Date of Award

2018

Degree Type

Thesis

Degree Name

Master of Science (Sports Science)

School

School of Medical and Health Sciences

First Advisor

Dr Fadi Ma’ayah

Second Advisor

Dr Jodie Cochrane-Wilkie

Third Advisor

Dr Craig Harms

Field of Research Code

110699

Abstract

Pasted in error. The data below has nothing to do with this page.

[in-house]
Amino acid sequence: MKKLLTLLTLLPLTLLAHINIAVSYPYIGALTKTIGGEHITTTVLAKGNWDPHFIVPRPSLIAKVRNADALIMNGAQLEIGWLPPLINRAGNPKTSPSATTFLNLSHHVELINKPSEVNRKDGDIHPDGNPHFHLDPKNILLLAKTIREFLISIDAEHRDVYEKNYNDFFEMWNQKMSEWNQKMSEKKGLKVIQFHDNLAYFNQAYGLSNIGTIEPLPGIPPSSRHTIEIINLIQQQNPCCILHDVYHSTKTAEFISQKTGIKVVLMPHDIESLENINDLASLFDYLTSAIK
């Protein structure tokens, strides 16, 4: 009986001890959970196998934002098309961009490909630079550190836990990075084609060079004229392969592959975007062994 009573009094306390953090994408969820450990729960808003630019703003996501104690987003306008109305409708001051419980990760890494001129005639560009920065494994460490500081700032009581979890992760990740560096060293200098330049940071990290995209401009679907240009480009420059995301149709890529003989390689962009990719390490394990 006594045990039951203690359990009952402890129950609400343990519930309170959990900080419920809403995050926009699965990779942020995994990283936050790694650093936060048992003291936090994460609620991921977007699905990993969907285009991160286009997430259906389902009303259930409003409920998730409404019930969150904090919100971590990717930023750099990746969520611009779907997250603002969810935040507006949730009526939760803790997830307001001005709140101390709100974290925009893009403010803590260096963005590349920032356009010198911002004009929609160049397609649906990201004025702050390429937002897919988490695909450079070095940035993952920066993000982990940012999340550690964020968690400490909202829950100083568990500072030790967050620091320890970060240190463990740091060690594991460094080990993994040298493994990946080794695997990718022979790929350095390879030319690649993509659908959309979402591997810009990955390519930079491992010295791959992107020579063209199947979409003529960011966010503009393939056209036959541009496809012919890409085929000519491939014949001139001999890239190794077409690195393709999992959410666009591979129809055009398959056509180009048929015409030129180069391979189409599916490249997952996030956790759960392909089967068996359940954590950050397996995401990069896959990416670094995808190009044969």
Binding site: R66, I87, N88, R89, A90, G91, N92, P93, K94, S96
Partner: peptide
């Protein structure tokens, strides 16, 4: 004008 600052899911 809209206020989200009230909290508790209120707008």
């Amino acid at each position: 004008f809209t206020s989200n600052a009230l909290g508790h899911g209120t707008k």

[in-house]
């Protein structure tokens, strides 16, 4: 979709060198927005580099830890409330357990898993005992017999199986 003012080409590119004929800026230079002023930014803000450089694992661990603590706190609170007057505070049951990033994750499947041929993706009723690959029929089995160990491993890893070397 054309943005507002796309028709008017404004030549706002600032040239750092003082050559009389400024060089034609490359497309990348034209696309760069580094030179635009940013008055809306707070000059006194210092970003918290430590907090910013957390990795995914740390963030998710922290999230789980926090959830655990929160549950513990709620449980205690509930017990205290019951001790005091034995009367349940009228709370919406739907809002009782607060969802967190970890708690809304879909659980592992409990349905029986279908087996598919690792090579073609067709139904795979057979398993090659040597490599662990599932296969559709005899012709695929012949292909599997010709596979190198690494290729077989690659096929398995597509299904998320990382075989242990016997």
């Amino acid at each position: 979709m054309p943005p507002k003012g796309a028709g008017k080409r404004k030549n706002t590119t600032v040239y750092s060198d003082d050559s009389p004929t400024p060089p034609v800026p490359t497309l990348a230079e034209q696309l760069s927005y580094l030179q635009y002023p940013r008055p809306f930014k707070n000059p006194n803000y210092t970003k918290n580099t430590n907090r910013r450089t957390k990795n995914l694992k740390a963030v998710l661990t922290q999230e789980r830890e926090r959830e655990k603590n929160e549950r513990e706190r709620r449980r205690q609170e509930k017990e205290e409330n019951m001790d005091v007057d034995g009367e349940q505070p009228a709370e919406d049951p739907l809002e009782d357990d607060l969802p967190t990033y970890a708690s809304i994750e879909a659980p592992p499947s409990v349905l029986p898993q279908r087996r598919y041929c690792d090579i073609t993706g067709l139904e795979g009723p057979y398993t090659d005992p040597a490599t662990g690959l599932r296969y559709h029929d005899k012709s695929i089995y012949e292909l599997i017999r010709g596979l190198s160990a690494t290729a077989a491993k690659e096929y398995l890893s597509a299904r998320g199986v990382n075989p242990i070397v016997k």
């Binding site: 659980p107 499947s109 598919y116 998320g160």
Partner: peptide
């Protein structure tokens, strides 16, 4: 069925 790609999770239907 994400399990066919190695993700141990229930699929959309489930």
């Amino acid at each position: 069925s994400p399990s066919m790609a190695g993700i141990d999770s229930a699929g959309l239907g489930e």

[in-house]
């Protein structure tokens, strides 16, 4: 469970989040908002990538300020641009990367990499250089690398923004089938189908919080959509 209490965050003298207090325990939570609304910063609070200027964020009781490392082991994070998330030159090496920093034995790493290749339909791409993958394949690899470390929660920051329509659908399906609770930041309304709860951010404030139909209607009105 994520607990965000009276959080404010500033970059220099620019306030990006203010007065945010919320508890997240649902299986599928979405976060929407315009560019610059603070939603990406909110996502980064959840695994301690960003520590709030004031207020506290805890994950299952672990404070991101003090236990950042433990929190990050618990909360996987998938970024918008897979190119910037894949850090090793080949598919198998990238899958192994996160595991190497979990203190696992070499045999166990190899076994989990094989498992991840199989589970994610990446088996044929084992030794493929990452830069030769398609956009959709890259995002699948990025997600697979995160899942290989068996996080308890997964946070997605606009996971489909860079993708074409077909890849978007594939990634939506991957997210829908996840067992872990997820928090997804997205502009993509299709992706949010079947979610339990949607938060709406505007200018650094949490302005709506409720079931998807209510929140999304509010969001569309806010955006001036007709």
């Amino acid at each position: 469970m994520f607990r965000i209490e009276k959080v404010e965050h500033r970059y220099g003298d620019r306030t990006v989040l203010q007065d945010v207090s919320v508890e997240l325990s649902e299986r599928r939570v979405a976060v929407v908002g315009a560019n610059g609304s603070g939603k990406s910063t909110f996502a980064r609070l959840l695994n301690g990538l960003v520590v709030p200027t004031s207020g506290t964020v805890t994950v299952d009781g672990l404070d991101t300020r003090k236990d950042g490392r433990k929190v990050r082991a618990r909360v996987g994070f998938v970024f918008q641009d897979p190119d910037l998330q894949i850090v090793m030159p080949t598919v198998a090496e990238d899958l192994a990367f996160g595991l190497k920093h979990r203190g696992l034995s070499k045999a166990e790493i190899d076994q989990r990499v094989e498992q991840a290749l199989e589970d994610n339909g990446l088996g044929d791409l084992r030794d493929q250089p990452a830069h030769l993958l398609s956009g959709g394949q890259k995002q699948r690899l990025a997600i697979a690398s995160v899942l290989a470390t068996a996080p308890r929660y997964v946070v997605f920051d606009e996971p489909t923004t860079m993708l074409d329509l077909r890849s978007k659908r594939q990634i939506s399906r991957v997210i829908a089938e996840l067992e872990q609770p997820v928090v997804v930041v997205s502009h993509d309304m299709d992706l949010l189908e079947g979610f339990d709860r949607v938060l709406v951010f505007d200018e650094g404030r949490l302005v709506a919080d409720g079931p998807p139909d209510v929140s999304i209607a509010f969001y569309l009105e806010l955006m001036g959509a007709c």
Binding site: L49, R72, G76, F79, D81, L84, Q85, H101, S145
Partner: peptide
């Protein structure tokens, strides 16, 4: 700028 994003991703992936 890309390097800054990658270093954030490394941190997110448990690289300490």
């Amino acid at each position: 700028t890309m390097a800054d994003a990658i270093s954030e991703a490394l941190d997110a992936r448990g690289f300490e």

Football is the most popular sport in the world, played in over two hundred countries and it is governed by the Fédération Internationale de Football Association (FIFA), who host a World Cup every four year for both men and women. Women’s football is growing in terms of popularity, with this growth in popularity, research into the women’s game has begun to emerge. However, to date there is very little published research in women’s football that describes effective attacking strategies and the creation of goal scoring opportunities (GSO). Video of each match (52) from the Women’s World Cup (Canada 2015) was analysed to assess the factors related to the creation of GSO that lead to success at the World Cup. The results revealed that the middle third of the pitch was the most effective area for gaining possession and creating GSO at Canada 2015 and that the time taken to create a GSO at Canada 2015 was just under twelve seconds. Furthermore, analysis was undertaken of the (24) matches of the Top 4 performing teams at the Men’s World Cup (Brazil 2014) so that the GSO of the Top 4 Men’s teams could be compared to the Top 4 Women’s teams. The results reveal a number of similarities and differences between men and women when it comes to the creation of GSO at international football tournaments. The findings of the study can be used to influence players and coaches to design training sessions and interventions to successfully create GSO in women’s football. The data from the research may influence the tactical and technical set up of women’s international football teams and help to evolve the game in the same way that research into the men’s game has.

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